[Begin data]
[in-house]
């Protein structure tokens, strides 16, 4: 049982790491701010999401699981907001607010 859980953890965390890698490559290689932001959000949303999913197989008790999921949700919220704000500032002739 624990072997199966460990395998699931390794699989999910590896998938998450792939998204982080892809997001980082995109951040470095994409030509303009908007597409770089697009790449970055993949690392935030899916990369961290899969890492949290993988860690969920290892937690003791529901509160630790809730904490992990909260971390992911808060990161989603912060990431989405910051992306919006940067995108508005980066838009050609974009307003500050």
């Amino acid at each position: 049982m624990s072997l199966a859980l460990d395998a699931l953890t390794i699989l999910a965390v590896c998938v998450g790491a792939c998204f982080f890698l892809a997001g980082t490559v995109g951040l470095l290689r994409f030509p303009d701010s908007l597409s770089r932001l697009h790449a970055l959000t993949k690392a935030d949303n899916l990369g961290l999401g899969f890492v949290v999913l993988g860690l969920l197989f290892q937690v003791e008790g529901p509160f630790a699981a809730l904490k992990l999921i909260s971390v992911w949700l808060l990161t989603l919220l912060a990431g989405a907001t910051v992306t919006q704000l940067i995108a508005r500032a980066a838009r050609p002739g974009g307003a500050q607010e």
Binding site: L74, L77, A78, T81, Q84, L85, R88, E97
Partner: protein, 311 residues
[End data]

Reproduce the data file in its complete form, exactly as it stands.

[in-house]
């Protein structure tokens, strides 16, 4: 049982790491701010999401699981907001607010 859980953890965390890698490559290689932001959000949303999913197989008790999921949700919220704000500032002739 624990072997199966460990395998699931390794699989999910590896998938998450792939998204982080892809997001980082995109951040470095994409030509303009908007597409770089697009790449970055993949690392935030899916990369961290899969890492949290993988860690969920290892937690003791529901509160630790809730904490992990909260971390992911808060990161989603912060990431989405910051992306919006940067995108508005980066838009050609974009307003500050």
């Amino acid at each position: 049982m624990s072997l199966a859980l460990d395998a699931l953890t390794i699989l999910a965390v590896c998938v998450g790491a792939c998204f982080f890698l892809a997001g980082t490559v995109g951040l470095l290689r994409f030509p303009d701010s908007l597409s770089r932001l697009h790449a970055l959000t993949k690392a935030d949303n899916l990369g961290l999401g899969f890492v949290v999913l993988g860690l969920l197989f290892q937690v003791e008790g529901p509160f630790a699981a809730l904490k992990l999921i909260s971390v992911w949700l808060l990161t989603l919220l912060a990431g989405a907001t910051v992306t919006q704000l940067i995108a508005r500032a980066a838009r050609p002739g974009g307003a500050q607010e």
Binding site: L74, L77, A78, T81, Q84, L85, R88, E97
Partner: protein, 311 residues